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|Title:||Blockchain for peer-to-peer energy trading||Authors:||Yang, Jiawei||Keywords:||Engineering::Electrical and electronic engineering||Issue Date:||2020||Publisher:||Nanyang Technological University||Source:||Yang, J. (2020). Blockchain for peer-to-peer energy trading. Master's thesis, Nanyang Technological University, Singapore.||Abstract:||This thesis presents the study of blockchain technology used in peer-to-peer energy trading. The proposed blockchain methodologies are applied in the transactions happening between prosumers, who are equipped with PV panels. The blockchain studies are focused on how smart contracts and mining process could help and support transactions from microgrids. The protocols of the proposed blockchain are Proof-of-State and Proof-of-Work. The main goal of these studies is to explore the potential capability and how deep the blockchain technology could operate technically in the power system. Increasing penetration of renewable-based distributed generatiors (DGs) and the presence of distributed energy resources (DERs) encourage a direct energy trading among prosumers, which is called P2P energy trading. P2P energy trading is the flexible trading among the peers, where excess energy from many small-scale DERs is traded locally. But it cannot be applied without a software platform, which enables the information exchange among peers, and also assists the system operators to monitor and control the distribution network. Also, different trading rules defined by the platform also have significant influences on the decisions made by peers when trading with other peers. Therefore, blockchain technology that works as the platform, is introduced in the energy trading field to support P2P transactions. The proposed approaches aim to apply a blockchain based P2P market platform where all members of a network could enter directly into energy exchanges with any other members without restrictions or oversight from a centralized authority. The blockchain based P2P market enables the energy trading through smart contracts in which energy transactions are immediate, automated, and flexible. Blockchain applications in a P2P energy market also help to reduce corruption; increase transparency; provide payment platform for energy trading; and support seamless integration of multiple microgrids; etc. The prosumers possess specific load profiles and power generation profiles with a specific cost function and generation capability margins. The price of electricity is dependent on the grid selling and buying prices and the marginal costs of the controllable generators. The energy-trading algorithm should decide the market clearing prices for considering the welfare maximization of the prosumers. Work is oriented towards the technical operations of power systems, including compensating for power loss and developing a generic integrated blockchain-supported decentralized market platform. This can facilitate the secure and transparent electrical energy trading, which can be adapted to country-specific restrictions in terms of infrastructure and regulatory framework. Decentralized clients of a market platform can use smart contracts based on bidding algorithms and schedule individual power flows according to the transactions. Methods to regulate market participants' behaviours such as credit rating or mining-rewarding mechanism are designed to support the blockchain based P2P energy trading model. The blockchain framework is built on the Ethereum platform by using Geth (one of the Ethereum's functions). The content of the smart contracts are written in Solidity language. The experimental case studies for the proposed P2P energy trading market are carefully designed and simulated using the MATLAB. The proposed blockchain methodologies are compared with those of some existing works. The results validate the feasibility of the proposed blockchain methods and show that these methods could be implemented to support the P2P trading effectively.||URI:||https://hdl.handle.net/10356/139944||DOI:||10.32657/10356/139944||Rights:||This work is licensed under a Creative Commons Attribution-NonCommercial 4.0 International License (CC BY-NC 4.0).||Fulltext Permission:||open||Fulltext Availability:||With Fulltext|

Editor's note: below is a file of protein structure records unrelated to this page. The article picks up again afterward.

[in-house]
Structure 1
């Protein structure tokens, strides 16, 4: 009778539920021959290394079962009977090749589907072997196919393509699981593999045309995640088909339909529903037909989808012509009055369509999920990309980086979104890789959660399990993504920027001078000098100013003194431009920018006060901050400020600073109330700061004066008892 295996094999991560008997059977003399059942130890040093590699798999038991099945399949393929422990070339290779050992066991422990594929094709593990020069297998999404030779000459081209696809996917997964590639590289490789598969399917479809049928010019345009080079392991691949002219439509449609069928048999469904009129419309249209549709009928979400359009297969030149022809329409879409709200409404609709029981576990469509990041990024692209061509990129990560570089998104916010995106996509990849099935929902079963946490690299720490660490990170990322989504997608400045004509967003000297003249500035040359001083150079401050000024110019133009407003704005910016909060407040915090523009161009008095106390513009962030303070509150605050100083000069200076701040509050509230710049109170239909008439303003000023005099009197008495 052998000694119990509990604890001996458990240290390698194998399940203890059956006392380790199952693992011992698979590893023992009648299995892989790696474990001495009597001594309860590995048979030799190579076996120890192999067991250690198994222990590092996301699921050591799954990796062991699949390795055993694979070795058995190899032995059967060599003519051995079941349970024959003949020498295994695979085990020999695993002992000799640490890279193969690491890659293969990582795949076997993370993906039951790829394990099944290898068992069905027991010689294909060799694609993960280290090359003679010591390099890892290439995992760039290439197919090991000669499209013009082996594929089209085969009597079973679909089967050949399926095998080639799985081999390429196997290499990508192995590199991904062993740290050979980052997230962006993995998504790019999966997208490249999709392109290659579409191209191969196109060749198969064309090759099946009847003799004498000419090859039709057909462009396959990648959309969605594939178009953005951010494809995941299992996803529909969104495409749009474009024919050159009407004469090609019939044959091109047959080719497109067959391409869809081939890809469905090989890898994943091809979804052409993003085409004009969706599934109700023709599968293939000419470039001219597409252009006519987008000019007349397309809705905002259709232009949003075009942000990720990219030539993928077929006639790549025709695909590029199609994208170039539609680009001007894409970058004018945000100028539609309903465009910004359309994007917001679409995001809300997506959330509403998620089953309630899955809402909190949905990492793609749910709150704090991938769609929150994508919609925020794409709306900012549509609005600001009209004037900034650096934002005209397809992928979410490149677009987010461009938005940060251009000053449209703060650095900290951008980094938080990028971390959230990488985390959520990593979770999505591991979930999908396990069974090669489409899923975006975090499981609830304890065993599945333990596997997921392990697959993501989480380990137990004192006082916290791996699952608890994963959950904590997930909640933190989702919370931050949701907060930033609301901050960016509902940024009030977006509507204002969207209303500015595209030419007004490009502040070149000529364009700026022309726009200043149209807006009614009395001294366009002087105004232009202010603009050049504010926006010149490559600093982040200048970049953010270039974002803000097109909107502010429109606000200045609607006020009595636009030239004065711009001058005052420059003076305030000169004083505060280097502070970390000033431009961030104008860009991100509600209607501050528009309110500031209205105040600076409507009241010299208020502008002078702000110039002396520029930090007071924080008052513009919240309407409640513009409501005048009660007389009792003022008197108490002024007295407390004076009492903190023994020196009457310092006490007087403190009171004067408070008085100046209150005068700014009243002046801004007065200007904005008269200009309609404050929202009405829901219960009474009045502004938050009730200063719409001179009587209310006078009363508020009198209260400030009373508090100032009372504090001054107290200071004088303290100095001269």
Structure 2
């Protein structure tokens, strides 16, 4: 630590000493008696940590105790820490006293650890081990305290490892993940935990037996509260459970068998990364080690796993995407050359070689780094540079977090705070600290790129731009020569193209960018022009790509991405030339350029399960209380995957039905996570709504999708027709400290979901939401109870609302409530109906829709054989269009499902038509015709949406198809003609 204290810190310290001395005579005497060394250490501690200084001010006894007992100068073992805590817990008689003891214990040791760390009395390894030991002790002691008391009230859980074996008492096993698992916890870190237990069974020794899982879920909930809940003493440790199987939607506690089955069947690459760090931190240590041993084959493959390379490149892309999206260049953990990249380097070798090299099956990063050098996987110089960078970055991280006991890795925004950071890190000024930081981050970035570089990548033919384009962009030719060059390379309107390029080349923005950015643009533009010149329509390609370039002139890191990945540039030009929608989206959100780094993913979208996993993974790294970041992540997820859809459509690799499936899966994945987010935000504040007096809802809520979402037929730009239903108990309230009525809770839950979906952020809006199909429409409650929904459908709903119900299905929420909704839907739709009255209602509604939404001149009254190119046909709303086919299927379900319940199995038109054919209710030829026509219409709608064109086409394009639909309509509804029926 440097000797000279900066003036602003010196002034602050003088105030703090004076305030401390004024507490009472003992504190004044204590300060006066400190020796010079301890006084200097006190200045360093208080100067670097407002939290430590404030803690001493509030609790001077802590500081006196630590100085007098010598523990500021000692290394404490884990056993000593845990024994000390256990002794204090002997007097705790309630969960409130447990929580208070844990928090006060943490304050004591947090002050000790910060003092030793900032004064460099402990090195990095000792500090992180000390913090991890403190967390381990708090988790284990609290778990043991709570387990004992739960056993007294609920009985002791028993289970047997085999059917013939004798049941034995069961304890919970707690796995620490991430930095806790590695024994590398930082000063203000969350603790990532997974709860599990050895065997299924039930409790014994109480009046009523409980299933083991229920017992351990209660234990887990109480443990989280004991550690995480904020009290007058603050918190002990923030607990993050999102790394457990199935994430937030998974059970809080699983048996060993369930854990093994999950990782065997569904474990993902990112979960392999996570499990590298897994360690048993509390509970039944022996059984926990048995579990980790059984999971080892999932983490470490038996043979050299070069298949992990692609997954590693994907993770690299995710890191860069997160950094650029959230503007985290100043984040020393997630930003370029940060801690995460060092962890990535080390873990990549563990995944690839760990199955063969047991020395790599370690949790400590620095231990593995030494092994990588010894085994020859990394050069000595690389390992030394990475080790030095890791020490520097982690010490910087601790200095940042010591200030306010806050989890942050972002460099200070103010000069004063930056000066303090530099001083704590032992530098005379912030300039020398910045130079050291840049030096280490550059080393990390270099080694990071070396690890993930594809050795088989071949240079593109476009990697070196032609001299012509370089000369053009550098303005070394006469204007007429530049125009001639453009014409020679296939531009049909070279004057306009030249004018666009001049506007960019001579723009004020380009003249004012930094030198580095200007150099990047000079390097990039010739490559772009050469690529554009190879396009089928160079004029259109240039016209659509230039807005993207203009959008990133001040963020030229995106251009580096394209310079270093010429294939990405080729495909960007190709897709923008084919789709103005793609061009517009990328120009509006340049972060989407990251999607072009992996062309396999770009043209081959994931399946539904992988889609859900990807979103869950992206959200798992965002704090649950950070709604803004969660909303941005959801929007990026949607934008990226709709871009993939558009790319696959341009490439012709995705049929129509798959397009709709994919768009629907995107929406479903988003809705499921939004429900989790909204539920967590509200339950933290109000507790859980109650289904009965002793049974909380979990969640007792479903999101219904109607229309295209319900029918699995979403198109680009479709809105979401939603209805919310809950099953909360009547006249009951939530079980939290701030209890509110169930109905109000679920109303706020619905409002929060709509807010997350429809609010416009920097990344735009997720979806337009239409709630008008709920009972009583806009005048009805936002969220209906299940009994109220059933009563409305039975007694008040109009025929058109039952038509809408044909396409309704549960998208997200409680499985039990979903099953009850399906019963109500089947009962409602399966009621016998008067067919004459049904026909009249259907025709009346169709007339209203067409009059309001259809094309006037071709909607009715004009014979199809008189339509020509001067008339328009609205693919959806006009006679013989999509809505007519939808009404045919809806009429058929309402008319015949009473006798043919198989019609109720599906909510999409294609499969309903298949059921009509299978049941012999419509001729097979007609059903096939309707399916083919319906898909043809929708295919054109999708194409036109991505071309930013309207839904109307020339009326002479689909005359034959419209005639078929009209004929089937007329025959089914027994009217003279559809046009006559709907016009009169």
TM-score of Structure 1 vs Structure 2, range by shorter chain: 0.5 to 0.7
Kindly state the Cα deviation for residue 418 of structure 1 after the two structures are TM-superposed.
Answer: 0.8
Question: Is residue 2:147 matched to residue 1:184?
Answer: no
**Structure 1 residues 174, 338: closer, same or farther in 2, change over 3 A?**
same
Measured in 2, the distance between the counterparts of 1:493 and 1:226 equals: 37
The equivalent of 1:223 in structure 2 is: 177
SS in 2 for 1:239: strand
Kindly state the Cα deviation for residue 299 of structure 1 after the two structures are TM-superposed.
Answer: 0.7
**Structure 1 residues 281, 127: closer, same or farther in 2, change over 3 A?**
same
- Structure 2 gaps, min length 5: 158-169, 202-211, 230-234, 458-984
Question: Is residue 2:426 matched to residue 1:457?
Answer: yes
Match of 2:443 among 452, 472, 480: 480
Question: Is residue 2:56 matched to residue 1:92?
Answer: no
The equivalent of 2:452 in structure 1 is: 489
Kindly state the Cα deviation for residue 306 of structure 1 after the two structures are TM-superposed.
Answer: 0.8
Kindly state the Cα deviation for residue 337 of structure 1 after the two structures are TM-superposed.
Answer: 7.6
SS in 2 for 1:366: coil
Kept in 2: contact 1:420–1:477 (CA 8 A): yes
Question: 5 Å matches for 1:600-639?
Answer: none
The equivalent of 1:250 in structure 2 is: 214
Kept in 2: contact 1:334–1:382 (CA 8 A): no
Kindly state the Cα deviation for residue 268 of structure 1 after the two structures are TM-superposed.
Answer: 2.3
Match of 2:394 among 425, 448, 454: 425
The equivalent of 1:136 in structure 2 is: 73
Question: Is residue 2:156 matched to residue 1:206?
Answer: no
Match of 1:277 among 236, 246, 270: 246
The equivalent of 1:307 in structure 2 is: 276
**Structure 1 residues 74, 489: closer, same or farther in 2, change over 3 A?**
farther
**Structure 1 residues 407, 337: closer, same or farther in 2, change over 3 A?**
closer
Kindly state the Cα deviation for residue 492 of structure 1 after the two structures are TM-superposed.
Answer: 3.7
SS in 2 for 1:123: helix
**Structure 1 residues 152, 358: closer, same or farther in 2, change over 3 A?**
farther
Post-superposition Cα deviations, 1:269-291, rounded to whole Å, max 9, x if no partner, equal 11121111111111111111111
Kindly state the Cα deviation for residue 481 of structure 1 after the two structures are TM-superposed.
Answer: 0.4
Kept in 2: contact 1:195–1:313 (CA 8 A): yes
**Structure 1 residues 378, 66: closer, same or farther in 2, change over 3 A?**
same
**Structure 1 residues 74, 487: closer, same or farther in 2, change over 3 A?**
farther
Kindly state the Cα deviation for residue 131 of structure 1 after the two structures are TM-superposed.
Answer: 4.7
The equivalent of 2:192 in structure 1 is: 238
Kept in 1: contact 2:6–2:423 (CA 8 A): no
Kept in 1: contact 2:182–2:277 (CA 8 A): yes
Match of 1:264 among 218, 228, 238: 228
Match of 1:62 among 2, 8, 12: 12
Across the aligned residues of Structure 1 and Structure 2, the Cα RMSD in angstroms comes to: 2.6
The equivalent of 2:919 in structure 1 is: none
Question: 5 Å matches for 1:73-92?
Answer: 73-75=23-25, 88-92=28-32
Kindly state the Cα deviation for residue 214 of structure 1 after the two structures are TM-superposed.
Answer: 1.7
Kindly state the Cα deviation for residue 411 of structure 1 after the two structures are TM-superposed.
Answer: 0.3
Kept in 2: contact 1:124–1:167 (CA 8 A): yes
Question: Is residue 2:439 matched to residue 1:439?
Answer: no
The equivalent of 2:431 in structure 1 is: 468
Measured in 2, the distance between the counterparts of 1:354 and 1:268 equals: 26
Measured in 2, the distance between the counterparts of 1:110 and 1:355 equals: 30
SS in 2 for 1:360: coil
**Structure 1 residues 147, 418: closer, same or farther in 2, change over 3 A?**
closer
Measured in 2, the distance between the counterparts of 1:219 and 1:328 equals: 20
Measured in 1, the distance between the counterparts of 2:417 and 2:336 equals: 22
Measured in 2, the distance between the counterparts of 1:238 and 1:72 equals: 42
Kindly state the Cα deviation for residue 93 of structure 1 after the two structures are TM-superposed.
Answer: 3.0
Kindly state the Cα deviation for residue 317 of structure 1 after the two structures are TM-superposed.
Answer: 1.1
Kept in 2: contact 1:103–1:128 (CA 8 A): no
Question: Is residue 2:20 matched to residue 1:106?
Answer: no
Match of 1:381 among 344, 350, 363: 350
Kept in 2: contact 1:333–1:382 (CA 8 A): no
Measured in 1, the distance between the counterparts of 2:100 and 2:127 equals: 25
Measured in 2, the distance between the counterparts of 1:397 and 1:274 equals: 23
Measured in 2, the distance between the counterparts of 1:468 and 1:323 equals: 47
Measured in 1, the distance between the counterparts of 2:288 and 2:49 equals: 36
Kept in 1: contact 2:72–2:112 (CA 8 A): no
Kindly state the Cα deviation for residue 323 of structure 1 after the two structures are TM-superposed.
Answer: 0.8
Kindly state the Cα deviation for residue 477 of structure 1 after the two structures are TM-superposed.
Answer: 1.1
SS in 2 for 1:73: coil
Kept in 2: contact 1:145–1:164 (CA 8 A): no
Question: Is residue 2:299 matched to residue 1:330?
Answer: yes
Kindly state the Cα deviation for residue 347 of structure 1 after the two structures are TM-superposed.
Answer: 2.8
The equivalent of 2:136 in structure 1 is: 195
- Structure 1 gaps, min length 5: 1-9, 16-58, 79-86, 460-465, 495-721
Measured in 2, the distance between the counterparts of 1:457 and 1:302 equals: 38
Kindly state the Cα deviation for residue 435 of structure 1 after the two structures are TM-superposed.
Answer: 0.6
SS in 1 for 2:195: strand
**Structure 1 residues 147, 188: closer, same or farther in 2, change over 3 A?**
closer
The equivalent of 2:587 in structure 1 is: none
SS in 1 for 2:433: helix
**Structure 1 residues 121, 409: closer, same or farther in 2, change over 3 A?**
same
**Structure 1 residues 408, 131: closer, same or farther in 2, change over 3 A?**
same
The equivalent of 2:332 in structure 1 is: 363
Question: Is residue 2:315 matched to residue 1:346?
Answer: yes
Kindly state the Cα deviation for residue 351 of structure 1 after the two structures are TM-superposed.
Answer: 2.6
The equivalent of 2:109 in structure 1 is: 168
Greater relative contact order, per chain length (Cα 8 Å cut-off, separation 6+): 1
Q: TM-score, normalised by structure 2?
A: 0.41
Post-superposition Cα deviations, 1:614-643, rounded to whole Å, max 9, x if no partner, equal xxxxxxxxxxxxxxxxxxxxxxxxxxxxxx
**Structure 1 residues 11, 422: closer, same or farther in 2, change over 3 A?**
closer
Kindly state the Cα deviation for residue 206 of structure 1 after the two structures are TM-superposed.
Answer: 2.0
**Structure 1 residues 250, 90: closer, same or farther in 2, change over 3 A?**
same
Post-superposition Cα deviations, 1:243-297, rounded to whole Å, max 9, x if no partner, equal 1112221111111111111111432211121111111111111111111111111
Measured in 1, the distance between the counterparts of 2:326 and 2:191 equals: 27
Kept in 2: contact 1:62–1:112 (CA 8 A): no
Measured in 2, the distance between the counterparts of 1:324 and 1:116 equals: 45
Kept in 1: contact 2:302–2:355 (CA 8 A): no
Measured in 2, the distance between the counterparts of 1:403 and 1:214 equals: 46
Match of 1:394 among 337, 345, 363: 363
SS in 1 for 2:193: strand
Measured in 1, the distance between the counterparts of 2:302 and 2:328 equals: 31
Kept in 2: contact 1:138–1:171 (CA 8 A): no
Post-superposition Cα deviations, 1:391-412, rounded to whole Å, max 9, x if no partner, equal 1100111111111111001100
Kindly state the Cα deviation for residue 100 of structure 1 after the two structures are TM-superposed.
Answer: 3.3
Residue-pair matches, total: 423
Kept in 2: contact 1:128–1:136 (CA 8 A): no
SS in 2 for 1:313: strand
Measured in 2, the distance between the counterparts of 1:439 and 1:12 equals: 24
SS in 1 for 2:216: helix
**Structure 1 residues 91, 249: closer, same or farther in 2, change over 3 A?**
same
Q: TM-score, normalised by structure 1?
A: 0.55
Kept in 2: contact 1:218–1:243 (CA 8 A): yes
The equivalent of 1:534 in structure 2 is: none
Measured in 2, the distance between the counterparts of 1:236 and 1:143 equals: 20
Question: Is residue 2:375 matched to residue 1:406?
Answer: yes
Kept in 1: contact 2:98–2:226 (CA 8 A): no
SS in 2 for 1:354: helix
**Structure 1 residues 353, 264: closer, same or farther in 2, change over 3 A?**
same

|Appears in Collections:||EEE Theses|
Updated on Nov 23, 2020
Updated on Nov 23, 2020
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